Knowledge for better food systems

Land-based greenhouse gas mitigation, food security and environmental goals

This paper addresses the following key question: How much land-based greenhouse gas mitigation can be achieved without compromising food security and environmental goals?

Taking the AFOLU sector (Agriculture, Forestry and Other Land Use), the paper starts by distinguishing and quantifying the range of options for action on the a. supply-side (improved management of biomass, soils, livestock, and energy use in agriculture and forestry) and b. the demand-side (reducing food waste, limiting over-consumption, and shifting to less resource-intense diets) before considering some of the trade offs and interactions among the different options.

This paper addresses the following key question: How much land-based greenhouse gas mitigation can be achieved without compromising food security and environmental goals?

Taking the AFOLU sector (Agriculture, Forestry and Other Land Use), the paper starts by distinguishing and quantifying the range of options for action on the a. supply-side (improved management of biomass, soils, livestock, and energy use in agriculture and forestry) and b. the demand-side (reducing food waste, limiting over-consumption, and shifting to less resource-intense diets) before considering some of the trade offs and interactions among the different options.

The paper finds that while supply side actions could offer emissions reductions of between 1.5 to 4.3 Gt CO2 equivalent per year at carbon prices of between USD20 and USD100, demand side measures hold substantially greater potential, delivering reductions of between 1.5 and 15.6 Gt CO2 equivalent per year. There can also be synergies – in the case of reduced waste – for food security.

The paper concludes as follows: “If the enormous joint challenges of delivering food security and reducing climate forcing by 2050 are to be met, all available options will need to be considered. Given the challenges of implementing demand-side measures, supply-side measures should be implemented immediately, focussing on those that improve agricultural efficiency and allow the production of more agricultural product per unit of (energy, chemical, etc.) input, so that both GHG mitigation and food security benefit from the change in practice. Given the difficulties in implementing demand-side measures and the time taken for behaviour change to occur, policy should be introduced quickly, and should aim to codeliver to other policy agendas, such as improving environmental quality (Smith et al., 2012a) or improving dietary health (Macdiarmid et al., 2011). Neither challenge will be easy to address, and joined up policy is required more now than ever before”.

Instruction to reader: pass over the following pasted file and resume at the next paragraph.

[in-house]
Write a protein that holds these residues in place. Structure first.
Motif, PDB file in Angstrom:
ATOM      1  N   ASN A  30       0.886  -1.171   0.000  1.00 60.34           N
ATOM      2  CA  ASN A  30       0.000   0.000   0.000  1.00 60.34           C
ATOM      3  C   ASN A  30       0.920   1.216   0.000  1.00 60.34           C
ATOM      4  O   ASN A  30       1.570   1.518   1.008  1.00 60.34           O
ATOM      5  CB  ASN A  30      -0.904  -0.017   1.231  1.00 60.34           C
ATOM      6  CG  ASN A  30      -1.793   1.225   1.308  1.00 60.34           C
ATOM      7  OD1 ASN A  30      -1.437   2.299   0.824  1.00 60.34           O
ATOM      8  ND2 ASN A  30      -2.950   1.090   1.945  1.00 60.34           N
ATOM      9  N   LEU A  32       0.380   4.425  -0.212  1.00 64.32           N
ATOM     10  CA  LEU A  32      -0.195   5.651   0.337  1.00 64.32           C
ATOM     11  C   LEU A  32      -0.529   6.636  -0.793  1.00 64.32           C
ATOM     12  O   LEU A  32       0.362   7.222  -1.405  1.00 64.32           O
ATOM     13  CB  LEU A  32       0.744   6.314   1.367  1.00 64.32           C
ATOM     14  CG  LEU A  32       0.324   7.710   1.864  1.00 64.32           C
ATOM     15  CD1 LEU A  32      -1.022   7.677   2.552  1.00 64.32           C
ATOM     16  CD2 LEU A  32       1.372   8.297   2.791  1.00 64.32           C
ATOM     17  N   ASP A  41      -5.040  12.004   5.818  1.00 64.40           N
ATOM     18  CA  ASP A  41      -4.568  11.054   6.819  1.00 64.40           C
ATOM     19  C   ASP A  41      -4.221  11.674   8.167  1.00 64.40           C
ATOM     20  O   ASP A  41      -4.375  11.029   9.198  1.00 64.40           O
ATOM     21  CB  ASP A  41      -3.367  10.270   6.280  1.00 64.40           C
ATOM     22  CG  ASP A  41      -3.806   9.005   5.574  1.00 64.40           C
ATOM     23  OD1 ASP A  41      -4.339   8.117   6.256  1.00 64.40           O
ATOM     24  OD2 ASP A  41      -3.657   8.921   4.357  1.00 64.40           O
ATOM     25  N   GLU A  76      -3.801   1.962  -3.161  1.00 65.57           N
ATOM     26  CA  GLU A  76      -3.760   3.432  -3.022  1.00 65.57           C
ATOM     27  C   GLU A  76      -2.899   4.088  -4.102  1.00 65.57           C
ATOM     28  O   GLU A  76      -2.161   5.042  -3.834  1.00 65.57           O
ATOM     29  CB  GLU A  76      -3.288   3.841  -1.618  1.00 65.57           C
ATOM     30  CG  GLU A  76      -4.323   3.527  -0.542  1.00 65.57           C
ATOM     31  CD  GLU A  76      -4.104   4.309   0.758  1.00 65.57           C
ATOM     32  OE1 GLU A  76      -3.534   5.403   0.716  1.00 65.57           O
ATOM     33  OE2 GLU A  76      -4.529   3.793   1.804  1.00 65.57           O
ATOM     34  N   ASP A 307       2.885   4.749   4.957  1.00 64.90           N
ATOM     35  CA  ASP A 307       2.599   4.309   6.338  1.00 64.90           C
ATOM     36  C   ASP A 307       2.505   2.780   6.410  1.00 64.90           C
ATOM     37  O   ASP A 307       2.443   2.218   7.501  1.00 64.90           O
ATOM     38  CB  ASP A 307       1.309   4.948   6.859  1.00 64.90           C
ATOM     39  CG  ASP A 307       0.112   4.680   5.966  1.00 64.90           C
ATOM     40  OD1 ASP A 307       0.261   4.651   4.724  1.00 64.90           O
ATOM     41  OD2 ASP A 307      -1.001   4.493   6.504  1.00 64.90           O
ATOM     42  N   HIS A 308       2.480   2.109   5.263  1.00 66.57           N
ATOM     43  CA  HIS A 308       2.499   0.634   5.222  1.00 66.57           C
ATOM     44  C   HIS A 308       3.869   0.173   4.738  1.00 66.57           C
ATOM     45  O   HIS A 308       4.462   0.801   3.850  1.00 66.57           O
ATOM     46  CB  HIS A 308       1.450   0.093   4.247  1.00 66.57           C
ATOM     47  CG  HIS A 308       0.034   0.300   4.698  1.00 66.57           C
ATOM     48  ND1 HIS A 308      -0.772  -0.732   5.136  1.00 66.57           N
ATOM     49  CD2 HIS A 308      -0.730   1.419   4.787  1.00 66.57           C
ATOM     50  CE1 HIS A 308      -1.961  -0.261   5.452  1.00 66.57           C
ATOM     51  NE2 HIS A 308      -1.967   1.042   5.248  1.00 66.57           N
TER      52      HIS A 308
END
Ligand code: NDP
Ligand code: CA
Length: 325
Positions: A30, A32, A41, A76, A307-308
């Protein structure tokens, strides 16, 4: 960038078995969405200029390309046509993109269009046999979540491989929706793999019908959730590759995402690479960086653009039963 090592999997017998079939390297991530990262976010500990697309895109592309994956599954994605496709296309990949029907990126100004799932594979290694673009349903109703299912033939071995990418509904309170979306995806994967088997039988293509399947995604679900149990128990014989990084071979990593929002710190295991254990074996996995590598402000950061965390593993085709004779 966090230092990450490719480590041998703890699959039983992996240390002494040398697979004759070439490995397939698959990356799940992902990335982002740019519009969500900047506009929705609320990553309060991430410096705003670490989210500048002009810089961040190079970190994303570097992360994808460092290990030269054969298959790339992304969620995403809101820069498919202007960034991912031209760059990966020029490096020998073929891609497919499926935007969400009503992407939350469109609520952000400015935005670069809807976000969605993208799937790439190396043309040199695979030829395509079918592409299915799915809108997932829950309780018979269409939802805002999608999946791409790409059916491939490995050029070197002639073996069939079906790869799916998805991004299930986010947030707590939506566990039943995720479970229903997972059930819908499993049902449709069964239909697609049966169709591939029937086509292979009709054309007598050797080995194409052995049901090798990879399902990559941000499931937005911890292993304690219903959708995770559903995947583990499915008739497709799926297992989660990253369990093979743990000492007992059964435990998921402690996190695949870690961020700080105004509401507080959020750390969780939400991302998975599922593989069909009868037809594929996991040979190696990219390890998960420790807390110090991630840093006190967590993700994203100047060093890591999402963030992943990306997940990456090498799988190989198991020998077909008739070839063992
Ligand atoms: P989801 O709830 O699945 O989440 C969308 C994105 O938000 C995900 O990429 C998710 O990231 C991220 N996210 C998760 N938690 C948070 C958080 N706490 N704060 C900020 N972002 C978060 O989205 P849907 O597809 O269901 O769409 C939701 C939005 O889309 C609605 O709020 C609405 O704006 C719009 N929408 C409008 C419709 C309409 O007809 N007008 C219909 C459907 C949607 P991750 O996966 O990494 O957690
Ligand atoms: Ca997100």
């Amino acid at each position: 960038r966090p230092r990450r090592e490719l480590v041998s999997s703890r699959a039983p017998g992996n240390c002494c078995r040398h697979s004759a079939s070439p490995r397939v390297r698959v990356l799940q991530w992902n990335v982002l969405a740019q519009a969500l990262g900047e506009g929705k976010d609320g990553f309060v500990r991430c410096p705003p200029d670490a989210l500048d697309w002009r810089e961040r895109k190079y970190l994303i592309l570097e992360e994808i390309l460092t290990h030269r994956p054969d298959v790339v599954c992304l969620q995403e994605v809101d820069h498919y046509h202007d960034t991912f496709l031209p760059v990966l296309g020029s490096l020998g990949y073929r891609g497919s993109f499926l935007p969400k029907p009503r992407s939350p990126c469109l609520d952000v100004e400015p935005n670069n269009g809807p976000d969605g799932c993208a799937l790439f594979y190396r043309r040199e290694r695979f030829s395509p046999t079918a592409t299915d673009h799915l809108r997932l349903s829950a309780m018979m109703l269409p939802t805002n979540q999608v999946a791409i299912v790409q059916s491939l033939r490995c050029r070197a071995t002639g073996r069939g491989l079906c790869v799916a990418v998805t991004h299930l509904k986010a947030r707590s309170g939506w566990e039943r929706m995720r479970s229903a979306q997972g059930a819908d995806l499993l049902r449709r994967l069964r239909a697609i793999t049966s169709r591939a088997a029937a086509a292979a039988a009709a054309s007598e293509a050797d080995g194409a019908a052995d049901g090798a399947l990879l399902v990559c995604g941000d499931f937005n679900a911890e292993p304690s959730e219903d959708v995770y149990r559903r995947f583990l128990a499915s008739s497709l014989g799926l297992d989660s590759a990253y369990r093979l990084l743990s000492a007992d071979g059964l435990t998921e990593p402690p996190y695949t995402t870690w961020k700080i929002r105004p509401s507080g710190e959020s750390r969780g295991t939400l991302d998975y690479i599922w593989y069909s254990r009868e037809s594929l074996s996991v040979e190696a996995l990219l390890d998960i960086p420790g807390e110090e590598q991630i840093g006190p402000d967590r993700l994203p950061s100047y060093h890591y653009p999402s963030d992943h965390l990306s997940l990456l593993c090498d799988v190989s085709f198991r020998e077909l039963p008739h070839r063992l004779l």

Abstract:

Feeding 9–10 billion people by 2050 and preventing dangerous climate change are two of the greatest challenges facing humanity. Both challenges must be met while reducing the impact of land management on ecosystem services that deliver vital goods and services, and support human health and well-being. Few studies to date have considered the interactions between these challenges. In this study we briefly outline the challenges, review the supply- and demand-side climate mitigation potential available in the Agriculture, Forestry and Other Land Use AFOLU sector and options for delivering food security. We briefly outline some of the synergies and trade-offs afforded by mitigation practices, before presenting an assessment of the mitigation potential possible in the AFOLU sector under possible future scenarios in which demand-side measures codeliver to aid food security. We conclude that while supply-side mitigation measures, such as changes in land management, might either enhance or negatively impact food security, demand-side mitigation measures, such as reduced waste or demand for livestock products, should benefit both food security and greenhouse gas (GHG) mitigation. Demand-side measures offer a greater potential (1.5–15.6 Gt CO2-eq. yr−1) in meeting both challenges than do supply-side measures (1.5–4.3 Gt CO2-eq. yr−1 at carbon prices between 20 and 100 US$ tCO2-eq. yr−1), but given the enormity of challenges, all options need to be considered. Supply-side measures should be implemented immediately, focusing on those that allow the production of more agricultural product per unit of input. For demand-side measures, given the difficulties in their implementation and lag in their effectiveness, policy should be introduced quickly, and should aim to codeliver to other policy agenda, such as improving environmental quality or improving dietary health. These problems facing humanity in the 21st Century are extremely challenging, and policy that addresses multiple objectives is required now more than ever.

Citation

Smith, P., Haberl, H., Popp, A., Erb, K.-h., Lauk, C., Harper, R., Tubiello, F. N., de Siqueira Pinto, A., Jafari, M., Sohi, S., Masera, O., Böttcher, H., Berndes, G., Bustamante, M., Ahammad, H., Clark, H., Dong, H., Elsiddig, E. A., Mbow, C., Ravindranath, N. H., Rice, C. W., Robledo Abad, C., Romanovskaya, A., Sperling, F., Herrero, M., House, J. I. and Rose, S. (2013), How much land-based greenhouse gas mitigation can be achieved without compromising food security and environmental goals?. Global Change Biology, 19: 2285–2302. doi: 10.1111/gcb.12160

To access the full paper (you will need a journal subscription to do so) click here.

Sonja Vermeulen (Head of Research, CCAFS) has written a very useful blog post, discussing the main contributions and findings from this research. She points to the need to also address consumers’ behaviors as we come up against the boundaries of our planet’s natural resources and its capacity to absorb wastes. You can read  her post in the CCAFS blog here.

Photo: N. Palmer (CIAT)

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